The rapid pace of Digital Signage’s technological advancements over recent years means plasma displays are becoming commonplace in public areas. These displays face the danger of simply being ignored because consumers’ limited capacity means higher selectivity in exerting cognitive effort in an effort to deal with the clutter and subsequent information overload. Companies, such as Intel and Microsoft, have joined the race in trying to find new avenues for the displays to grab and hold consumer attention. Dynamic digital menu boards represent an important type of digital signage that has begun to be deployed in some fast food outlets. These displays combine the power of vibrant video and high-speed Internet to enable remote controlled digital displays at the Point-of-Purchase (POP). Despite the prevalence and ubiquity of these displays, the effect they have on the consumer has received very little attention in the academic literature.
Flat panel LCDs and plasma screens are becoming ubiquitous in public spaces and retail locations. Most public displays are linked to digital private networks to feed information to the public and are referred to as Digital Signage. Digital Signage’s popularity can be attributed to low deployment and maintenance costs, plus the ability to control and manage content at the click of a button.
Given the rapid advances in Digital Signage, the fast-food industry has welcomed this change, as Digital Signage helps cut costs, increase customer turnaround times, and moves slow-selling stock. Since 1998, fast food outlets, such as Wendy’s, exploited the capabilities of Digital Signage to upgrade their static menu boards to Dynamic Digital Menu Boards (DDMB) or video menu boards, whereby, the content could be updated in-store from a central server. DDMB are plasma or LCD screens that integrate static menu text with high quality images, videos, slideshows, animation, and live news feeds, and are used as menu boards, too.
DDMB enable consumers to view food advertisements with similar quality to that seen with HD television, although the displays often focus on showing the features and textures of the food in highly detailed videos. For example, typically the images do not show actors or other objects other than detailed portrayals of the food items. Additionally, promotions, news feeds. A dynamic digital menu board at Wendy’s 2 weather information, or other content can be coupled with the food displays. Many fast food restaurants now have at least one video display, showing content relevant to the restaurant’s offerings.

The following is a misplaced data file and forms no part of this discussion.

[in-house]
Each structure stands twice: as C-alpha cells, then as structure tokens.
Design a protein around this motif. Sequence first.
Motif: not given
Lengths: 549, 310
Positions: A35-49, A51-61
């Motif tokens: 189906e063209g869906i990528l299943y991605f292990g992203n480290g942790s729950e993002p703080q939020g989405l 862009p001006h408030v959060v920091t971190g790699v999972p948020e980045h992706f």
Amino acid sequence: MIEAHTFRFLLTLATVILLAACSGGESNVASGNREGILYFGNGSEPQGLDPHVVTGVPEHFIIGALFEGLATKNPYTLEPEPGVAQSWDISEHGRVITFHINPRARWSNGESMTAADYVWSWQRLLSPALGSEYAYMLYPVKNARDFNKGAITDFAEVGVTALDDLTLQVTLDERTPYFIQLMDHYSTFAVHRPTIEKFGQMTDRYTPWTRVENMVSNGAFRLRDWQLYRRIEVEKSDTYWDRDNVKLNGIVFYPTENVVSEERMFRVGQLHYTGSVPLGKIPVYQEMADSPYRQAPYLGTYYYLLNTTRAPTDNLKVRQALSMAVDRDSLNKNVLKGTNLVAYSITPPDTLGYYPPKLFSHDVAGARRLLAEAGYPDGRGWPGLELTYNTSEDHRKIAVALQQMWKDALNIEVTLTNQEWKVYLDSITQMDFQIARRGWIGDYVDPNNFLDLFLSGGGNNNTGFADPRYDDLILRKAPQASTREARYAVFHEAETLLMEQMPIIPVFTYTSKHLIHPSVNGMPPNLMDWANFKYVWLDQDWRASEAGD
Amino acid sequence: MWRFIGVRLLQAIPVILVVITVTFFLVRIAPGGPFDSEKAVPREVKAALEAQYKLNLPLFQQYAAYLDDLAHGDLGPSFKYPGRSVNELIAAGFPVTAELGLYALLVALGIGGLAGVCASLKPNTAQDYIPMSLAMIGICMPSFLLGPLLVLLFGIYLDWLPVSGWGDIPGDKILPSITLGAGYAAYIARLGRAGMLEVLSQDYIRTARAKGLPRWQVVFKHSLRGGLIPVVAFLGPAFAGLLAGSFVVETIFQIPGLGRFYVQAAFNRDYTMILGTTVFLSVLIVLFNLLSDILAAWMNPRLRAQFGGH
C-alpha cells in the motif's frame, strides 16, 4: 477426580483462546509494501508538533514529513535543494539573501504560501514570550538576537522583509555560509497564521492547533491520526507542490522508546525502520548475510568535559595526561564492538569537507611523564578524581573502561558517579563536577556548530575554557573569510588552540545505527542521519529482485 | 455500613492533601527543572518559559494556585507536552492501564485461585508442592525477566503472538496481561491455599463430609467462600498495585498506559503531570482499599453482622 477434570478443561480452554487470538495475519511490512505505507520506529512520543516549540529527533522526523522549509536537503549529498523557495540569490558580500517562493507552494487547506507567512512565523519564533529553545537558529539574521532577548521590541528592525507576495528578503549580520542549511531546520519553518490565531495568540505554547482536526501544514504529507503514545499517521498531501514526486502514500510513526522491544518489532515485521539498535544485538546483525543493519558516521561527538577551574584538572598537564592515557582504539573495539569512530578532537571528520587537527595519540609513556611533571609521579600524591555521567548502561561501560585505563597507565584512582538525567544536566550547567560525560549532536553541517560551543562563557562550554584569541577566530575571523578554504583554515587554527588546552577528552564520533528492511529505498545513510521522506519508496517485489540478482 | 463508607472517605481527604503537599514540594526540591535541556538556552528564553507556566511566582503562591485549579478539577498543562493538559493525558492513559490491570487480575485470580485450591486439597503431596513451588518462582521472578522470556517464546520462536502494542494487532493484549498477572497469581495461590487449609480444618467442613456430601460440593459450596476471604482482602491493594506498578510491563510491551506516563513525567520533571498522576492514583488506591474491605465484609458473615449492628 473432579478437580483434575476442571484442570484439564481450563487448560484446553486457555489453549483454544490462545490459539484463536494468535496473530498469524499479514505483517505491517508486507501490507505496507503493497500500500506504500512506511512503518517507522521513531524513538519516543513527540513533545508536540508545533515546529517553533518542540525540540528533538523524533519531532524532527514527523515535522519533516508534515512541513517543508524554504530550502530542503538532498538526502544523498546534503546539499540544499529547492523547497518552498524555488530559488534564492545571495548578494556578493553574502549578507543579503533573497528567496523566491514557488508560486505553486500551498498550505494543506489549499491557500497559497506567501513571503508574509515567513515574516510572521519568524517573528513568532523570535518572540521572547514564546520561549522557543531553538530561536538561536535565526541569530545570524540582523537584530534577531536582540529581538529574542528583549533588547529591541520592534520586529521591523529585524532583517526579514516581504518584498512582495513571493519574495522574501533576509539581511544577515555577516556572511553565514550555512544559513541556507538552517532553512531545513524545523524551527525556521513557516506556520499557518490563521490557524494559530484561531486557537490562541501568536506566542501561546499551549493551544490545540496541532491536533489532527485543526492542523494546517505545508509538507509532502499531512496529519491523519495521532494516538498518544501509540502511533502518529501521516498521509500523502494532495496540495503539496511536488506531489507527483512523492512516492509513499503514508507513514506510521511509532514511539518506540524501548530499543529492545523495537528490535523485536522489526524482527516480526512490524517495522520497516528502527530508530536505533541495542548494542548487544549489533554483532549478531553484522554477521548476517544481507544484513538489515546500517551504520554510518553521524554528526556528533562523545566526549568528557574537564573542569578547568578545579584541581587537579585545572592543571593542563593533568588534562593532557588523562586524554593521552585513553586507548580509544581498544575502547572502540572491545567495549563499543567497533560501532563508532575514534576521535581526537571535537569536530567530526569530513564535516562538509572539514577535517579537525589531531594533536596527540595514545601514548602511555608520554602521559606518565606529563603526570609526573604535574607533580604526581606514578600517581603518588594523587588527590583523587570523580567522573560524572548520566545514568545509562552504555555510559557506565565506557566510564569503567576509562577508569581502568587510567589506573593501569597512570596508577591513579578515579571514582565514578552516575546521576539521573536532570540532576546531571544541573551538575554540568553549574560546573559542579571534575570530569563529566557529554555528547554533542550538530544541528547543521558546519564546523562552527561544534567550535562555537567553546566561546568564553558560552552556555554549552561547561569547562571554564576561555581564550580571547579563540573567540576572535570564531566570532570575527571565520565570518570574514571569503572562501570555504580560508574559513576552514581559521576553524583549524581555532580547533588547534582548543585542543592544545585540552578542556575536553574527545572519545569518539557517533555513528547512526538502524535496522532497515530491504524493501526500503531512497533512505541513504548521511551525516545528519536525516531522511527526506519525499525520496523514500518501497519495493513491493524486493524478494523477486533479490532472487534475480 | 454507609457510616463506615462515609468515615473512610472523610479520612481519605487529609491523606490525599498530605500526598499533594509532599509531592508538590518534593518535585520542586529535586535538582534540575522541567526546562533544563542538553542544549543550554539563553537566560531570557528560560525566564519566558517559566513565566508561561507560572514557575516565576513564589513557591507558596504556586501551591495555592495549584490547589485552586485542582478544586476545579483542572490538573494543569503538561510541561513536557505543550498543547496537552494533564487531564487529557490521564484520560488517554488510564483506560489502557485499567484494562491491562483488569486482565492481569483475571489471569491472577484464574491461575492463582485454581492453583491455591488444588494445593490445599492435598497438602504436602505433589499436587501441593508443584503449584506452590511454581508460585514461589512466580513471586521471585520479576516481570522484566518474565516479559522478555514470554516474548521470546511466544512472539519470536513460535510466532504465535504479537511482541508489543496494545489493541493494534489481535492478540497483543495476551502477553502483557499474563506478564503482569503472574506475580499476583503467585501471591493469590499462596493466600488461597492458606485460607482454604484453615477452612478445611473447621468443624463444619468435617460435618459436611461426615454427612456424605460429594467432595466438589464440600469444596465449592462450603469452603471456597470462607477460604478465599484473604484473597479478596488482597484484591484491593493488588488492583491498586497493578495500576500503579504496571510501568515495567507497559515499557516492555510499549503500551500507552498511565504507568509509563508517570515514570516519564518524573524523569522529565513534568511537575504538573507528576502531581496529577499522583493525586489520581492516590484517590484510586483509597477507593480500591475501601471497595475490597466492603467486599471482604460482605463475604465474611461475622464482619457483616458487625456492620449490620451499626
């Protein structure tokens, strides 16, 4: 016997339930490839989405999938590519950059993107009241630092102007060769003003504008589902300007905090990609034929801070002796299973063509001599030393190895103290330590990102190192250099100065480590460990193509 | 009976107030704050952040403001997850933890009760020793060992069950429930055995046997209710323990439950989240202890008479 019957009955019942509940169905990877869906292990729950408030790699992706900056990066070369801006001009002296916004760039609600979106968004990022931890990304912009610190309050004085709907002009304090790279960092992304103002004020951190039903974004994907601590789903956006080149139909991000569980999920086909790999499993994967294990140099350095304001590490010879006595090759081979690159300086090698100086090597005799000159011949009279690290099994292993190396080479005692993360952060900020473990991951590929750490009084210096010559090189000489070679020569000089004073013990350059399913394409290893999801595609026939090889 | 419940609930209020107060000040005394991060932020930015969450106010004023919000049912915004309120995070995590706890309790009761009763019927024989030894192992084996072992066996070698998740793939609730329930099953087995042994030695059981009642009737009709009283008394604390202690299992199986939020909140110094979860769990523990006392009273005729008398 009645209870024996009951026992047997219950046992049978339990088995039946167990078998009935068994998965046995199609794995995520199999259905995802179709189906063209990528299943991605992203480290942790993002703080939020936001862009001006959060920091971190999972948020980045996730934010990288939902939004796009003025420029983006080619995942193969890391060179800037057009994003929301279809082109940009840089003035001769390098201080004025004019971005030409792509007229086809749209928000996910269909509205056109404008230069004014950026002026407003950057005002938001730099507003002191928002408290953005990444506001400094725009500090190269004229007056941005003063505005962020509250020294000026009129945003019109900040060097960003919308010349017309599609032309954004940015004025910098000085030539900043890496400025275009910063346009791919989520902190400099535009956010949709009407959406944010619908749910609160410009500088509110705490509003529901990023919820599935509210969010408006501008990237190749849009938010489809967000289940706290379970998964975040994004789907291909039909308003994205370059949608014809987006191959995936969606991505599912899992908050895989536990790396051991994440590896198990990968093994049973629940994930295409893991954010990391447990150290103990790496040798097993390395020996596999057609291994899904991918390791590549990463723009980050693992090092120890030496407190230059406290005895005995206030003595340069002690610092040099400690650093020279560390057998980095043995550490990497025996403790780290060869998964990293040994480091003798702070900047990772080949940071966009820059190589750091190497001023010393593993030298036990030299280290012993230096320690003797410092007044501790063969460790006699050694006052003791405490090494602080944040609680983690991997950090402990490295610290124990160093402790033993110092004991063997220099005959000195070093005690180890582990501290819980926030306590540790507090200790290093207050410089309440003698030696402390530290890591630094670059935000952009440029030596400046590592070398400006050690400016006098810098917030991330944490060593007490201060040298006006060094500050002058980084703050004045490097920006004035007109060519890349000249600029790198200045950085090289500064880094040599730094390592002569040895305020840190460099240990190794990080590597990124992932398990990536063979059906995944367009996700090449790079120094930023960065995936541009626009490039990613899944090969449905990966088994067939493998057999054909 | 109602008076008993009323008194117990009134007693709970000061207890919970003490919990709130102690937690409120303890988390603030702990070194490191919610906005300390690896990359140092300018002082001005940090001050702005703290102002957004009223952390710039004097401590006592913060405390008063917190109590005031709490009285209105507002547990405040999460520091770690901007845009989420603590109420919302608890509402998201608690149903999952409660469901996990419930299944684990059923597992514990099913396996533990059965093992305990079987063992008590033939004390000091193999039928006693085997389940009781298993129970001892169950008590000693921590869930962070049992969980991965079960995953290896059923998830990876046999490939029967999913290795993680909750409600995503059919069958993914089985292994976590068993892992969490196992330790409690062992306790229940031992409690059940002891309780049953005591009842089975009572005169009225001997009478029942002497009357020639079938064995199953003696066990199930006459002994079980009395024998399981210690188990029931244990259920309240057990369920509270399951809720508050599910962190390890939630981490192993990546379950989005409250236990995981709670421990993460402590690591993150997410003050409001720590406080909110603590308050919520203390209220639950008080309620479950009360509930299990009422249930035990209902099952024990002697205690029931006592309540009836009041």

The perception that digital signage is very important is one of the main ones. The advantages we see are incredible:
- Reduces the perception of wait times
- Adaptation to the context and audience
- Decreased complaints
- Attractive contents
- Dynamic Advertising
- More enjoyable consumption experience
- Collection of statistical data
Recently conducted a study that points to the following facts:
- Queues are the most hated part of shopping
Among the clients interviewed, 69% said they are extremely frustrated and annoyed by the long waiting lines for payment. 84% of customers said that watching content on digital panels decreases the perception of waiting time, so it looks like time goes by faster. Digital signage in supermarkets reduces waiting time to at least 35%.
- Most customers are interested in digital panels
70.2% of the clients interviewed said that they watched the contents that are on the digital panels. Another 15.7% said they were not sure, however, this means that 85.9% of buyers are potentially interested in watching. The data can be even more encouraging, with 85% of shoppers having digital signage saying that the digital panels are fun and enjoyable to watch. 78% of them claim that the digital panels catch their attention and 70% say the content is useful.
- Nearly half of customers are more likely to buy in stores with digital signage
40% of customers said in this study that they would be more likely to shop in places with digital signage.
Digital signage attracts consumers’ attention and allows for much more effective interaction and experience!
In addition, we can realize that this study can be applied not only in grocery stores and supermarkets, but also for other points of sale such as clothing stores, electronics stores, etc.